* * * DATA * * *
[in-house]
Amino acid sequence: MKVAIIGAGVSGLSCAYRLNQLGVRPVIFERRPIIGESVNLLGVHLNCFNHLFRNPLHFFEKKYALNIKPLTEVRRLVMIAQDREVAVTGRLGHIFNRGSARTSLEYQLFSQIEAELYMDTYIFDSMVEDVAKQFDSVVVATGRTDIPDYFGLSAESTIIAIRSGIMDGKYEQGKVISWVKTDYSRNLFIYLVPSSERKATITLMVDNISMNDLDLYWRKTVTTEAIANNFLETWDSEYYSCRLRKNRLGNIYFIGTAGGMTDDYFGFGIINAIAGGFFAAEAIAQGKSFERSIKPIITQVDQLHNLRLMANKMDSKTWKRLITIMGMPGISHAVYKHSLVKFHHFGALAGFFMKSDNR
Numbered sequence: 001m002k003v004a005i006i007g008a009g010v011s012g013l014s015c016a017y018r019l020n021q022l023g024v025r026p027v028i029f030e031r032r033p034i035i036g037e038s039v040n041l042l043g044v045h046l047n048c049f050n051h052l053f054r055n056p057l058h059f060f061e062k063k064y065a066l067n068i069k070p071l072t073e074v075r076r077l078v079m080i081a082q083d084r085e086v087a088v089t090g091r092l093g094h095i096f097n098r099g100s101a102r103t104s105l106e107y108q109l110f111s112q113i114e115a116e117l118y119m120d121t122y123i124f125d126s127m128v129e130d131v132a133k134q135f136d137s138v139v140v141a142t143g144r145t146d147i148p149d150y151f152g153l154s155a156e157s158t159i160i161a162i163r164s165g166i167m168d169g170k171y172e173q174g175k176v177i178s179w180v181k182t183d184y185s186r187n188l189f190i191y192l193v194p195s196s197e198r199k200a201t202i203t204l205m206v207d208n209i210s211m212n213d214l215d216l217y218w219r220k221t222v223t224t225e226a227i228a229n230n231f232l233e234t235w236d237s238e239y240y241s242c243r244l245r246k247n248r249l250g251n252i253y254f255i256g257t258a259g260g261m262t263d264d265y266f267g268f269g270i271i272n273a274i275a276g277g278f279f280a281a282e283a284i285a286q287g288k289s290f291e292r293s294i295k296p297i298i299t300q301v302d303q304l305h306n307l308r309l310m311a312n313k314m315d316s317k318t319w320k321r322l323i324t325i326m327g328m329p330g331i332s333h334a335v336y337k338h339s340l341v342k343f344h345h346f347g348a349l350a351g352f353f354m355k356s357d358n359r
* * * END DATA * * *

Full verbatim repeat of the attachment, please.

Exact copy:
[in-house]
Amino acid sequence: MKVAIIGAGVSGLSCAYRLNQLGVRPVIFERRPIIGESVNLLGVHLNCFNHLFRNPLHFFEKKYALNIKPLTEVRRLVMIAQDREVAVTGRLGHIFNRGSARTSLEYQLFSQIEAELYMDTYIFDSMVEDVAKQFDSVVVATGRTDIPDYFGLSAESTIIAIRSGIMDGKYEQGKVISWVKTDYSRNLFIYLVPSSERKATITLMVDNISMNDLDLYWRKTVTTEAIANNFLETWDSEYYSCRLRKNRLGNIYFIGTAGGMTDDYFGFGIINAIAGGFFAAEAIAQGKSFERSIKPIITQVDQLHNLRLMANKMDSKTWKRLITIMGMPGISHAVYKHSLVKFHHFGALAGFFMKSDNR
Numbered sequence: 001m002k003v004a005i006i007g008a009g010v011s012g013l014s015c016a017y018r019l020n021q022l023g024v025r026p027v028i029f030e031r032r033p034i035i036g037e038s039v040n041l042l043g044v045h046l047n048c049f050n051h052l053f054r055n056p057l058h059f060f061e062k063k064y065a066l067n068i069k070p071l072t073e074v075r076r077l078v079m080i081a082q083d084r085e086v087a088v089t090g091r092l093g094h095i096f097n098r099g100s101a102r103t104s105l106e107y108q109l110f111s112q113i114e115a116e117l118y119m120d121t122y123i124f125d126s127m128v129e130d131v132a133k134q135f136d137s138v139v140v141a142t143g144r145t146d147i148p149d150y151f152g153l154s155a156e157s158t159i160i161a162i163r164s165g166i167m168d169g170k171y172e173q174g175k176v177i178s179w180v181k182t183d184y185s186r187n188l189f190i191y192l193v194p195s196s197e198r199k200a201t202i203t204l205m206v207d208n209i210s211m212n213d214l215d216l217y218w219r220k221t222v223t224t225e226a227i228a229n230n231f232l233e234t235w236d237s238e239y240y241s242c243r244l245r246k247n248r249l250g251n252i253y254f255i256g257t258a259g260g261m262t263d264d265y266f267g268f269g270i271i272n273a274i275a276g277g278f279f280a281a282e283a284i285a286q287g288k289s290f291e292r293s294i295k296p297i298i299t300q301v302d303q304l305h306n307l308r309l310m311a312n313k314m315d316s317k318t319w320k321r322l323i324t325i326m327g328m329p330g331i332s333h334a335v336y337k338h339s340l341v342k343f344h345h346f347g348a349l350a351g352f353f354m355k356s357d358n359r